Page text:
321 ManUtd1958-68
by Iain McCartney
Amberley Books, £25
Reviewed by Jonathan O'Brien
From WSC 320 October 2013

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Whatever the other flaws of Manchester United: Rising from the wreckage 1958-68, you can't accuse Iain McCartney of not putting in the hard yards. Don't be fooled by the fact that it's 350 pages in length: that figure could easily have been considerably higher, had the typesetter been only slightly more generous with the font size and spacing.

Books on the Munich disaster aren't hard to come by. McCartney himself already has one to his credit, a well-reviewed biography of Roger Byrne, the United captain who died in the crash with 22 other people. This one is clearly his final word on the subject. Each page is crammed full of microscopic detail, from George Best's car windscreen being defaced with lipstick by a lovelorn female fan, to the price of touted tickets for the Cup final, to assistant manager Jimmy Murphy's preferred at-home listening (Chopin and Grieg).

McCartney must effectively have lived in the cuttings library for months to amass this much material. In its own way, the deluge of information reaches critical mass – and it's not helped by the lack of subheadings to break up the text, meaning that the whole thing feels like a slog at times.

We all already know the narrative: the emotional aftershock of the crash, the slow rebuilding, the many painful defeats, the shaping of talented young players into gods of the game, the regaining of the title in 1965, won again two years later, the coronation against Benfica in 1968. McCartney uses the 1963 FA Cup final, in which United beat Leicester 3-1, as the turning point. The team narrowly avoided relegation that same month, finishing 19th, with many players still not psychologically recovered from Munich, dressing-room recriminations abounding (Noel Cantwell reputedly led the player-power faction) and Jack Crompton's coaching methods being soundly criticised. It's a reminder of how easily everything could have turned out differently.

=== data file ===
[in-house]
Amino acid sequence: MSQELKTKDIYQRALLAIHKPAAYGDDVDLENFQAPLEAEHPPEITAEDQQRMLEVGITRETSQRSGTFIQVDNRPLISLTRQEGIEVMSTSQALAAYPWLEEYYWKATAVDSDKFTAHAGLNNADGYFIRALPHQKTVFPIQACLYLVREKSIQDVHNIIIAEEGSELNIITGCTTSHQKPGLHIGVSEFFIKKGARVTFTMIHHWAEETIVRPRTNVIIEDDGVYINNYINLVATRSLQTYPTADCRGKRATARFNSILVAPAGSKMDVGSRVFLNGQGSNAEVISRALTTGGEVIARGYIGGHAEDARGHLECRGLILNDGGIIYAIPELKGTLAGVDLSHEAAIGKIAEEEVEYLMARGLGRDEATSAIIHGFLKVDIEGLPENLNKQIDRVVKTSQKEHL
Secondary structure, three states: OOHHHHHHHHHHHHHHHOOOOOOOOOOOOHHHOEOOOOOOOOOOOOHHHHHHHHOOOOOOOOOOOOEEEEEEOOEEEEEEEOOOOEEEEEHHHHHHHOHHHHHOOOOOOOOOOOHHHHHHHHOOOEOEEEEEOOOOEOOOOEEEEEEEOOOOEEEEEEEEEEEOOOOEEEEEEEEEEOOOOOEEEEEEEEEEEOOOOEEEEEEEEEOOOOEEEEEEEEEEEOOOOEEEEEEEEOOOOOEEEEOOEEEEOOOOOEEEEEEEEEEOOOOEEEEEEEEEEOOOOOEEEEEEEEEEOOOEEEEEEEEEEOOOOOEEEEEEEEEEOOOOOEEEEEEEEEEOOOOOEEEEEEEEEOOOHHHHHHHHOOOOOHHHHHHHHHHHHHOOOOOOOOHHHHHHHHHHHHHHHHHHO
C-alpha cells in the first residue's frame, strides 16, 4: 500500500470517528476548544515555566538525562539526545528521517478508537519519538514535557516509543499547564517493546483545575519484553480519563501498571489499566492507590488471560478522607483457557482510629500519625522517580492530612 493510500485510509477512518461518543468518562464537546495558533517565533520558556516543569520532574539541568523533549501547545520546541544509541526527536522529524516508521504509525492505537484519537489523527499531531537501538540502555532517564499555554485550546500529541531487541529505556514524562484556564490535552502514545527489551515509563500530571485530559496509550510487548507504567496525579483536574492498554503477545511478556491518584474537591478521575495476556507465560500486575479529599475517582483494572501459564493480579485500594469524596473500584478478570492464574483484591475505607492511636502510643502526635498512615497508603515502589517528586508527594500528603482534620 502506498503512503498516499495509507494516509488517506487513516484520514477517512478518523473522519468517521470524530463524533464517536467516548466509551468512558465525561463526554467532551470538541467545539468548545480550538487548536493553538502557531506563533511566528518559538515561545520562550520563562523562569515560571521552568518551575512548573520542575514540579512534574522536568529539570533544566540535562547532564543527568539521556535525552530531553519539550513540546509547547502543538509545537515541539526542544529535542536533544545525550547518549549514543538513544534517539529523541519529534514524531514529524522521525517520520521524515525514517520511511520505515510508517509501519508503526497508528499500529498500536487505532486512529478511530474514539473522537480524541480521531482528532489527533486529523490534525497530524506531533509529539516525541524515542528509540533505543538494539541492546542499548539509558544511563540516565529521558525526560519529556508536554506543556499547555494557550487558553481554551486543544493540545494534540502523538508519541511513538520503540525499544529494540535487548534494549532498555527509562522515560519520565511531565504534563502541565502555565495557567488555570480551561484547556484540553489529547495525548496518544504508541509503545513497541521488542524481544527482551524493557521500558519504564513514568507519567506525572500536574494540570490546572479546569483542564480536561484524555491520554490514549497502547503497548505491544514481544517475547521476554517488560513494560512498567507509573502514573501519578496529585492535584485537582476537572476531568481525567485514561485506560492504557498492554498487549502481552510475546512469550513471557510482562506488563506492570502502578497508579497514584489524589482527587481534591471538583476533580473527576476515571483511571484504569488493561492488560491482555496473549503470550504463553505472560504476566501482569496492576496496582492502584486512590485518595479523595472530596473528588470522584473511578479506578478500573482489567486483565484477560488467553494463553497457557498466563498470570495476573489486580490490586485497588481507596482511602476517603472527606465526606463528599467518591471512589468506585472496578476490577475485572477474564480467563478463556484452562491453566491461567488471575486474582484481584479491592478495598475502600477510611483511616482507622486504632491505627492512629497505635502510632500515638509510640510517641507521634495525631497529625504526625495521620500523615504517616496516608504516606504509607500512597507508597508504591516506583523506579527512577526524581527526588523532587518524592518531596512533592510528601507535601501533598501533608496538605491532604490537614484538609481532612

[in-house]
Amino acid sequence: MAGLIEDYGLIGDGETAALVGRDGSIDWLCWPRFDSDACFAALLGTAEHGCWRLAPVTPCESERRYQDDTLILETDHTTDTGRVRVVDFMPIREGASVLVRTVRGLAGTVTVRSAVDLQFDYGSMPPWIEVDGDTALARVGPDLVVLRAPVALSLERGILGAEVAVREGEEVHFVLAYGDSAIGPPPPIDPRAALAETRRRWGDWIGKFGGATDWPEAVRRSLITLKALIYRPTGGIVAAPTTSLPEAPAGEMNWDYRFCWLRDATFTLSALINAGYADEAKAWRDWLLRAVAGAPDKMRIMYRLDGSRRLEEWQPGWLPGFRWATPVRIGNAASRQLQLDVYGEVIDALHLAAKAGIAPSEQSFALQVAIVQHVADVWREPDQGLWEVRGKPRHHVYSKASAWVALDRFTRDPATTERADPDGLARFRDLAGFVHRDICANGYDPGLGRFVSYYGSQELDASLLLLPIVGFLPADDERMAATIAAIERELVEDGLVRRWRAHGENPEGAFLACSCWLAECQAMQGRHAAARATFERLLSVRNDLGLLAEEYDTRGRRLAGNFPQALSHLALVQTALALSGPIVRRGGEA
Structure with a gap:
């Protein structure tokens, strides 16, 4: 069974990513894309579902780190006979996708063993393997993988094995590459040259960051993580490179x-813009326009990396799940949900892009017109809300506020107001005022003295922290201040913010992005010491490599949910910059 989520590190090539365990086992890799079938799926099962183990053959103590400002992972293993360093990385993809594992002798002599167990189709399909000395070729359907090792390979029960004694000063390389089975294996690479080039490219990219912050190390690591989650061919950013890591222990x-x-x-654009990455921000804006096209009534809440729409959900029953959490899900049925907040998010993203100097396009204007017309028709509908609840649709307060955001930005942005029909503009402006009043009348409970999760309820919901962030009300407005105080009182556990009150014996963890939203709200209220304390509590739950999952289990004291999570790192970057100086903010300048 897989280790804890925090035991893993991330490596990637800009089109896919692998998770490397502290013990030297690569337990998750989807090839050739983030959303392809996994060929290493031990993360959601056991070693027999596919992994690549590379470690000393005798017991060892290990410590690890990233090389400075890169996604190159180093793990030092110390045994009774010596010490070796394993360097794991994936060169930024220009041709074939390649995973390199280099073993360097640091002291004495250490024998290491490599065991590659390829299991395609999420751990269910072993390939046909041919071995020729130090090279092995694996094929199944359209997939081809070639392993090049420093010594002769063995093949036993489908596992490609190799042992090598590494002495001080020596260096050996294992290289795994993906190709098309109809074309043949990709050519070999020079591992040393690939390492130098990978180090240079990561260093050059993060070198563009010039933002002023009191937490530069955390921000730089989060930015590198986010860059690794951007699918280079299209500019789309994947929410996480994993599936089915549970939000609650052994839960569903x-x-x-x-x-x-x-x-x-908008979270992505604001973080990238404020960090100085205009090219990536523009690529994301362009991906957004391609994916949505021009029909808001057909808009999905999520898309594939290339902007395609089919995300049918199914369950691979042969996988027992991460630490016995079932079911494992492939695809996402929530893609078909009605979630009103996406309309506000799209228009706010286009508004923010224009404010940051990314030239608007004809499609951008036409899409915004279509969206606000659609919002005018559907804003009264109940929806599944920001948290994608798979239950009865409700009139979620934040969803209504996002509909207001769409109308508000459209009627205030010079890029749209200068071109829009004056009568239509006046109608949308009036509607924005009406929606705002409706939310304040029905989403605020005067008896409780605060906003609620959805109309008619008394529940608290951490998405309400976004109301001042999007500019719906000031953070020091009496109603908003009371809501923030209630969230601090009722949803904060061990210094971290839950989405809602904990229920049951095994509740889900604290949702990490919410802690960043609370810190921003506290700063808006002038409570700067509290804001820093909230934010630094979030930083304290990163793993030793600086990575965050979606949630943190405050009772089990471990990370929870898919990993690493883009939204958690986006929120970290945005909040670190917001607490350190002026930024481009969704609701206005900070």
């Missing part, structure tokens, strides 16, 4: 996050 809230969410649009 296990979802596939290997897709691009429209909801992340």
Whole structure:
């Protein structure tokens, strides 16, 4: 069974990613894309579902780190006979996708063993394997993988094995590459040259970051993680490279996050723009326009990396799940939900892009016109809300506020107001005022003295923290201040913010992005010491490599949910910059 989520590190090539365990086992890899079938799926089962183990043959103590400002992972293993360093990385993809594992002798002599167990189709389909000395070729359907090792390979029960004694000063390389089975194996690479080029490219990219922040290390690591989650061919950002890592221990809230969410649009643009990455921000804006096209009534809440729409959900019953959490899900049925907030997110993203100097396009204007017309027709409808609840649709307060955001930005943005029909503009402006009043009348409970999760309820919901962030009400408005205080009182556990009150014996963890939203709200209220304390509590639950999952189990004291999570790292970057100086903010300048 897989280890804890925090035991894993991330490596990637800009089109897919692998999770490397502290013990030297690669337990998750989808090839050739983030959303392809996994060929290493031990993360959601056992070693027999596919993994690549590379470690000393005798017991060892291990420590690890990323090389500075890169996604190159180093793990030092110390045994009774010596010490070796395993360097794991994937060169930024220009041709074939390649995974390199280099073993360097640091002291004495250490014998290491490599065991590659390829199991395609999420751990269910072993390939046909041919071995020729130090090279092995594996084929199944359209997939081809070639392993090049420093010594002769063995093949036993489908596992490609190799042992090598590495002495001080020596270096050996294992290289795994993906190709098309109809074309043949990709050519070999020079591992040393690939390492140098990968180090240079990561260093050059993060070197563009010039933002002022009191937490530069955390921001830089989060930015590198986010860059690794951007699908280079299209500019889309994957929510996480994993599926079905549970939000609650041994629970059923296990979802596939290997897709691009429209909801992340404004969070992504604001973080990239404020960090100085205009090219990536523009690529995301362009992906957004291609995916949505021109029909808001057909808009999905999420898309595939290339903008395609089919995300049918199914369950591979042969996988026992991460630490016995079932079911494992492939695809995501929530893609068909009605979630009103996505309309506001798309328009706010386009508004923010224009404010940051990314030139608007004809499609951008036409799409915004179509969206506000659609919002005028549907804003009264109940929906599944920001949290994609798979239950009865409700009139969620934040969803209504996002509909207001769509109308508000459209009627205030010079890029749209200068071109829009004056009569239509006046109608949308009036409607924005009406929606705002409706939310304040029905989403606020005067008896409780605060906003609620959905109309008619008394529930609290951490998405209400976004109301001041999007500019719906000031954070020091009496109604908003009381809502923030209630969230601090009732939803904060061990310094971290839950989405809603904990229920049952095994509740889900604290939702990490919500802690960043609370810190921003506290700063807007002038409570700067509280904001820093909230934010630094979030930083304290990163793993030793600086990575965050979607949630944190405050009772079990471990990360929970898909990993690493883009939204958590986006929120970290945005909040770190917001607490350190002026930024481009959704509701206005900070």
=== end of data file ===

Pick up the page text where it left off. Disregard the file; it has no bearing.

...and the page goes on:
With so much information crammed in, the prose tends towards the dryly matter-of-fact. Perhaps unavoidably, it settles into a laundry-list of match after match and win after win (though it never resorts to the Lego-brick approach of David Peace's scarcely readable Red Or Dead). At times, it reads as if it were written in the late 1950s themselves. Perhaps this is McCartney's way of getting into the spirit of the thing, eschewing the pseudy floweriness of so much current football writing for a just-the-facts approach that better suits the subject matter. Or perhaps that's just the way he writes: not having read the Byrne book, it's difficult to tell.

Despite its occasional drabness, it's not hard to imagine Manchester United: Rising from the wreckage 1958-68 becoming the set text on the subject matter. If nothing else, it's a remarkable feat of research and hugely admirable as an important contribution to the historical record – even if it's not always easy to love as a piece of writing.

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